Any repetitive action or injury that irritates or places pressure on the median nerve can lead to carpal tunnel syndrome. This includes both dramatic single causes, such as wrist fractures, or more subtle multiple causes, such as the use of the hands in physically demanding tasks combined with other medical or anatomical factors.

Risk factors that increase the likelihood of carpal tunnel syndrome include:

  • Job requirements, such as the use of vibrating tools or assembly-line equipment
  • Wrist or hand injuries, including fractures and dislocations
  • Being overweight
  • Medical disorders, such as diabetes, which cause nerve damage
  • Rheumatoid arthritis and other inflammatory conditions
  • The use of medications such as anastrozole, a drug for breast-cancer patients
  • Bodily fluid retention, which can increase pressure on the median nerve
  • Sex, because women are more susceptible than men to developing carpal tunnel syndrome.

Risk factors that increase the likelihood of carpal tunnel syndrome include:

  • Body structure—A wrist fracture, a dislocation, or arthritis can make it hard to move your hand. This shrinks the space in your carpal tunnel, which can make you more likely to develop carpal tunnel syndrome.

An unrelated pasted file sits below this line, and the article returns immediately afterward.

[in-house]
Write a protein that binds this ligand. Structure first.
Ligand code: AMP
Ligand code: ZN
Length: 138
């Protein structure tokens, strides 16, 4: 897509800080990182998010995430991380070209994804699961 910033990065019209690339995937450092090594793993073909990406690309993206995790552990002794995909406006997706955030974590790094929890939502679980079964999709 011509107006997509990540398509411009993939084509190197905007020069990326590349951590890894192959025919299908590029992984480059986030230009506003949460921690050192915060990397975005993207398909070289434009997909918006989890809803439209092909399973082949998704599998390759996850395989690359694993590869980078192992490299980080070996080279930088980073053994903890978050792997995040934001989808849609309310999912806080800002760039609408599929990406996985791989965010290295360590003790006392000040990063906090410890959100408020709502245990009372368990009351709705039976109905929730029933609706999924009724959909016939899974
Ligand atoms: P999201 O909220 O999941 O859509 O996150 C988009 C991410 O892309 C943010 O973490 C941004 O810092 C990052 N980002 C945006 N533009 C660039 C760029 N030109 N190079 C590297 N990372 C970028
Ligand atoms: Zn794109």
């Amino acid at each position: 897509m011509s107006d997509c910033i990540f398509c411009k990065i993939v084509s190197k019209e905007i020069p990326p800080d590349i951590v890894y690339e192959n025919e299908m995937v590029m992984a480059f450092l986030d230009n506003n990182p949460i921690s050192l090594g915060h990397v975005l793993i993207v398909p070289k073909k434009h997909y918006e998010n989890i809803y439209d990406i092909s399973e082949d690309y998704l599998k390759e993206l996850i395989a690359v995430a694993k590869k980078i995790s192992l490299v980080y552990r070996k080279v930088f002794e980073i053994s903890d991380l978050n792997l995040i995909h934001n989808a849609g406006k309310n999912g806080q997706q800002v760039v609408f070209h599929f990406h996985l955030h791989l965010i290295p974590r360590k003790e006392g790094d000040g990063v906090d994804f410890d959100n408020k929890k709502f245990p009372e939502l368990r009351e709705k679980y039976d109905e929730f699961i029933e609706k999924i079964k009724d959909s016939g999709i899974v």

• Job conditions—Workplace requirements, such as the use of vibrating tools or assembly-line equipment, can lead to carpal tunnel syndrome. People who work with their hands or use them repetitively are at risk for carpal tunnel syndrome.
  • Conditions that Damage Nerves—Medical disorders, such as diabetes, cause nerve damage. The nerve damage can lead to carpal tunnel syndrome.
  • Gender—Women usually have smaller carpal tunnels and, therefore, are more susceptible than men to developing carpal tunnel syndrome.
  • Being overweight—Obesity can put extra pressure on the carpal tunnel leading to inflammation and nerve damage.
  • Age—Older people are more likely to develop carpal tunnel syndrome because the carpal tunnel narrows over time.